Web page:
SEBI mulls new norms to make it easier for companies to delist after open offer

Our Bureau Mumbai | Updated on June 25, 2021

Here the acquirer must state in the first public announcement, triggered by the mandatory tender offer, whether delisting is intended

In a bid to make it easier for takeover of listed entities, SEBI proposes to put in place a new framework on the process and pricing of an open offer and delisting of shares.

The market regulator is doing this because there is an overlap of several regulations. For example, when an entity acquires over 26 per cent of a listed company, a mandatory open offer is triggered. The new owner could end up acquiring as much as 90 per cent if such an open offer is successful. Alongside, there is the requirement of minimum 25 per cent public shareholding. So, the acquirer has to sell shares to bring its holding below 75 per cent. This gets further complicated if the new owner plans to delist the shares.

A SEBI discussion paper issued on Friday on this says: “The consecutive flow of public transactions would also confuse investors in the secondary market who need not be shareholders in the listed company — an offer to buy their shares (open offer under the Takeover Regulations), followed by an offer to sell shares to them (to comply with the Securities Contracts Regulation Rules), and then an offer to buy their shares ( under the Delisting Regulations).”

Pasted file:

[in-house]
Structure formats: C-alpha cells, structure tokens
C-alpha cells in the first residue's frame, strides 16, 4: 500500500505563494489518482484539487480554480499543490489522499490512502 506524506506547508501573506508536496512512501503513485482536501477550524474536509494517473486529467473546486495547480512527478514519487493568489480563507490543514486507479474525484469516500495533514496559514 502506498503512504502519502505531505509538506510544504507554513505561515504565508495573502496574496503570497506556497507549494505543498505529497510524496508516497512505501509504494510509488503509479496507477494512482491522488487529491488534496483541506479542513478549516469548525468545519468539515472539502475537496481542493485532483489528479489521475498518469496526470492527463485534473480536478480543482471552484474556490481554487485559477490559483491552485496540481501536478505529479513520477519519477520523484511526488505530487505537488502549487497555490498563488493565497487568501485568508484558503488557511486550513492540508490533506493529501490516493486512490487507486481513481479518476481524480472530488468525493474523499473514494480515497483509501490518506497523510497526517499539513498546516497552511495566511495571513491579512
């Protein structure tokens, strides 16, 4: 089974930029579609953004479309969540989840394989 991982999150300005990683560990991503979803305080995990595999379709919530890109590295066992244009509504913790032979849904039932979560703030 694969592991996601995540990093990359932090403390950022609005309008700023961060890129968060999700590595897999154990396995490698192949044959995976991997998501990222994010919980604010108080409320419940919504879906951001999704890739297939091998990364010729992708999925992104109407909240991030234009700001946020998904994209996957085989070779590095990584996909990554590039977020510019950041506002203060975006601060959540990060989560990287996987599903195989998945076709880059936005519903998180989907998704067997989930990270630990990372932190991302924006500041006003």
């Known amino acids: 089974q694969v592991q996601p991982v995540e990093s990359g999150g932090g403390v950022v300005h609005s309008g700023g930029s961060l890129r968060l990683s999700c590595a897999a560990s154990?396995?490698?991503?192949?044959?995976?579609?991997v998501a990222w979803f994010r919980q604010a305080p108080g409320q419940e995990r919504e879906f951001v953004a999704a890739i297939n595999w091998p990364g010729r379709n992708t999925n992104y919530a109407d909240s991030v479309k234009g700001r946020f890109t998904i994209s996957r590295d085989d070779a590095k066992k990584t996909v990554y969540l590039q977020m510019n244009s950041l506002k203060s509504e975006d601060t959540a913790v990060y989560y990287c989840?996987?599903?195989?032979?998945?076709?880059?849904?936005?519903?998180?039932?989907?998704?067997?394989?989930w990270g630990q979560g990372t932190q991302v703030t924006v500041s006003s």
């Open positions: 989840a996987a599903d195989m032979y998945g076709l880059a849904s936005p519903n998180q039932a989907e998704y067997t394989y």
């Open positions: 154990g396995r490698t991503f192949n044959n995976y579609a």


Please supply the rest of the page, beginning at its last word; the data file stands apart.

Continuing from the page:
The paper is based on the recommendations of a sub-group of SEBI’s primary market advisory committee.

Under the new framework, the acquirer must state in the first public announcement, triggered by the mandatory tender offer, whether delisting is intended. “If the acquirer is desirous of delisting, a differential pricing must be proposed — an open offer price no lower than the takeover price and a higher price with a suitable premium reflecting what the acquirer is willing to pay if delisting were successful,” the sub-group’s report suggested.

If the delisting bid goes through, the acquirer will have to pay the delisting price to all the shareholders. If it fails, all the shareholders will be paid the open offer price. The panel also wants to give a majority of the minority shareholders the power to reject a delisting bid.

“If these approvals are not received, the delisting element of the open offer would stand rendered void and the open offer would continue with the takeover price,” says the SEBI paper.

The new framework also proposes allowing the acquirer to take more than one shot at delisting. This will be allowed without the acquirer having to bring down its stake to below 75 per cent for a period of 18 months.

Published on June 25, 2021

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